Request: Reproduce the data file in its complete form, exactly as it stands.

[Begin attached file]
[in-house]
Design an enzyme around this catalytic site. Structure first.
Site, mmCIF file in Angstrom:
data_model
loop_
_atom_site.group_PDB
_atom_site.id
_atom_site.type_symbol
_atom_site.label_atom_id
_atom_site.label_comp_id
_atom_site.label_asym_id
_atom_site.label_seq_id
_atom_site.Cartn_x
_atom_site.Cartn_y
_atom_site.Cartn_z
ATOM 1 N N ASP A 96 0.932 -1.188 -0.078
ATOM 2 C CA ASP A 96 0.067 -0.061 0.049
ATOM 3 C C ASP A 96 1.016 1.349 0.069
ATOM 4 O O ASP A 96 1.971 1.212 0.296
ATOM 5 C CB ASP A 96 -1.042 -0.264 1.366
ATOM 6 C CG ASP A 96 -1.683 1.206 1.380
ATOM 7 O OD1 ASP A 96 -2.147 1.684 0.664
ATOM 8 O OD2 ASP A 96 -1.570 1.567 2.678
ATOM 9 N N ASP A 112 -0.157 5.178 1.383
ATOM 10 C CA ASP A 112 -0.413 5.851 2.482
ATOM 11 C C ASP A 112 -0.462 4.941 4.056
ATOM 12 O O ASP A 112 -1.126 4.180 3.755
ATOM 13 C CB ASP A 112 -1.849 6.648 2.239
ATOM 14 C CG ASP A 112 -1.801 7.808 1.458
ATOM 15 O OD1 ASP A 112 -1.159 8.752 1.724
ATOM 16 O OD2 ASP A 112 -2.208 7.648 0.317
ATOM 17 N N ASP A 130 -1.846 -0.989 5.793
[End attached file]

[in-house]
Design an enzyme around this catalytic site. Structure first.
Site, mmCIF file in Angstrom:
data_model
loop_
_atom_site.group_PDB
_atom_site.id
_atom_site.type_symbol
_atom_site.label_atom_id
_atom_site.label_comp_id
_atom_site.label_asym_id
_atom_site.label_seq_id
_atom_site.Cartn_x
_atom_site.Cartn_y
_atom_site.Cartn_z
ATOM 1 N N ASP A 96 0.932 -1.188 -0.078
ATOM 2 C CA ASP A 96 0.067 -0.061 0.049
ATOM 3 C C ASP A 96 1.016 1.349 0.069
ATOM 4 O O ASP A 96 1.971 1.212 0.296
ATOM 5 C CB ASP A 96 -1.042 -0.264 1.366
ATOM 6 C CG ASP A 96 -1.683 1.206 1.380
ATOM 7 O OD1 ASP A 96 -2.147 1.684 0.664
ATOM 8 O OD2 ASP A 96 -1.570 1.567 2.678
ATOM 9 N N ASP A 112 -0.157 5.178 1.383
ATOM 10 C CA ASP A 112 -0.413 5.851 2.482
ATOM 11 C C ASP A 112 -0.462 4.941 4.056
ATOM 12 O O ASP A 112 -1.126 4.180 3.755
ATOM 13 C CB ASP A 112 -1.849 6.648 2.239
ATOM 14 C CG ASP A 112 -1.801 7.808 1.458
ATOM 15 O OD1 ASP A 112 -1.159 8.752 1.724
ATOM 16 O OD2 ASP A 112 -2.208 7.648 0.317
ATOM 17 N N ASP A 130 -1.846 -0.989 5.793